Look at them line drives," snorted Charles Dillon Stengel, the gnarled oak of baseball whose roots are now firmly planted in the sod of Yankee Stadium. Mr. Stengel was peering through the rope mesh of a batter's cage in St. Petersburg, Fla., where his Yankee baseball team was starting to work the winter's creaks and squeaks from its joints. "This Silvera'll hit you nothing but line drives, won't you, Charlie? Hey, Charlie, they could use you in the movies, Charlie. How much you charge—$200 a line drive?"
This is an article from the March 14, 1955 issue
Mr. Stengel was in a happy frame of mind as his athletes sweated and grunted under the Florida sun. At 64, the onetime Kansas City dental student who swiped the name of Casey from his home town was enjoying some visions—visions of a sixth American League pennant in seven years. Last fall, after the Yankees finished second to Cleveland—thus failing to win the championship for the first time since Casey took charge in 1949—he was petulant and irascible. He even went so far as to say he would trade any players on his ball club except Yogi Berra and Mickey Mantle.
BLOOD IN A BLUE EYE
Stengel's winter barters were not that drastic, but he made a deal with the Baltimore Orioles that was the biggest baseball news since the World Series. He dealt off nine players, including dependable Outfielder Gene Woodling, Pitcher Harry Byrd, who had been only so-so in a Yankee uniform, a promising young catcher named Hal Smith, who led the American Association in batting last year, and some lesser talent. In return he got 24-year-old Bob Turley, probably the fastest pitcher in the major leagues, a couple of mediocre infielders and a questionable pitcher named Don Larsen. Casey was looking for a pitcher who could win 20 games, and Turley was the target of his trading.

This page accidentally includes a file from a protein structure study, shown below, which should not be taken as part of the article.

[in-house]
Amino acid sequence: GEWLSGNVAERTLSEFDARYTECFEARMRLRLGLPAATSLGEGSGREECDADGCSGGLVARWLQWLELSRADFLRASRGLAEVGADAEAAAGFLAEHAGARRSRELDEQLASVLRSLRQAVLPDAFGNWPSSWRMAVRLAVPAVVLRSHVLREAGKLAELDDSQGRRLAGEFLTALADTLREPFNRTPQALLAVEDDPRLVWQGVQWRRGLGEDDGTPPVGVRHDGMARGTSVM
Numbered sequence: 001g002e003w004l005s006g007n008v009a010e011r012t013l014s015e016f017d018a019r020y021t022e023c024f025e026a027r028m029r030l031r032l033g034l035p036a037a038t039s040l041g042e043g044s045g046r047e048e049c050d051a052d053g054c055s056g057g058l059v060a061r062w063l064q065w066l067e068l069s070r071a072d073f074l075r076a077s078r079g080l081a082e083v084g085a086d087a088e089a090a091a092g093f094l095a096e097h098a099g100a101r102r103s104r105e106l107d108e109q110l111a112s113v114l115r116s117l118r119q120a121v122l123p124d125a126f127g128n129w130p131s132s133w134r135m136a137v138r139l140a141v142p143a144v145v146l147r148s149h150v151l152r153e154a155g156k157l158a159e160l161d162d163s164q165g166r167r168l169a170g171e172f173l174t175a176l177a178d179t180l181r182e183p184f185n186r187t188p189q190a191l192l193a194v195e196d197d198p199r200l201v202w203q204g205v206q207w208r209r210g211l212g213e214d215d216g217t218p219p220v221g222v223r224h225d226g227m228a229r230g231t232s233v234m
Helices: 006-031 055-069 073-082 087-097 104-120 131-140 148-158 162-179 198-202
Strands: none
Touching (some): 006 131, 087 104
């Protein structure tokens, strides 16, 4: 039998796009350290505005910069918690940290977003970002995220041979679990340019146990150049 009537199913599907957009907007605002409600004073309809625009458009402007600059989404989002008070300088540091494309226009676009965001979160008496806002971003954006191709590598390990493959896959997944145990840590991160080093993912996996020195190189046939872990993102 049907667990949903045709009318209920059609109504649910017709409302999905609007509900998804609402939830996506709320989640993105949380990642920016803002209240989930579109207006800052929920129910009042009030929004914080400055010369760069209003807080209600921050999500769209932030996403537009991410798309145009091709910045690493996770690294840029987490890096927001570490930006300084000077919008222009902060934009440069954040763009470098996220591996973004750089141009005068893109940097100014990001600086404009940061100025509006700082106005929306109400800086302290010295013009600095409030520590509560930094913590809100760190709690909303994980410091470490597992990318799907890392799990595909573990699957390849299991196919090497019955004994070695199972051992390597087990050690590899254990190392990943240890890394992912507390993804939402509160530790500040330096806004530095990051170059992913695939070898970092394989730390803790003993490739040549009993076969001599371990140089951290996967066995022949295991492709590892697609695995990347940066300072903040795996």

Now Stengel is back in Florida with blood in his eye and a slight California patio around his waistline after a winter at home tending to his lucrative business interests and plotting another pennant. In Casey's mind there is only one logical and satisfactory place for that American League pennant: Yankee Stadium.
During the first week of training, Casey shuffled and jigged his way around the grass of Miller Huggins Field, his blue, hawk's eyes taking in the performances and mistakes of an impressive but unevenly distributed collection of 46 ballplayers whose number he must reduce to 25 by May 12. Running through his mind was the question now bothering the entire American League: Does he have the pitching and the infield?
In his own anarchistic syntax, Casey has a way of bringing such matters into sharp focus. Musing on his dilemma, Casey said early in the week: "So, the way you look at it, you've got to say that if Mantle plays good I've got the best outfield in the league and the best catchers in the league. My outfield and my catching departments are of pennant-winning caliber, but if you want to go to the infield you can't say how strong it is or who will finally play where, although I know now who will start the way they figure at this moment. Then there's my pitching, and that's the other thing."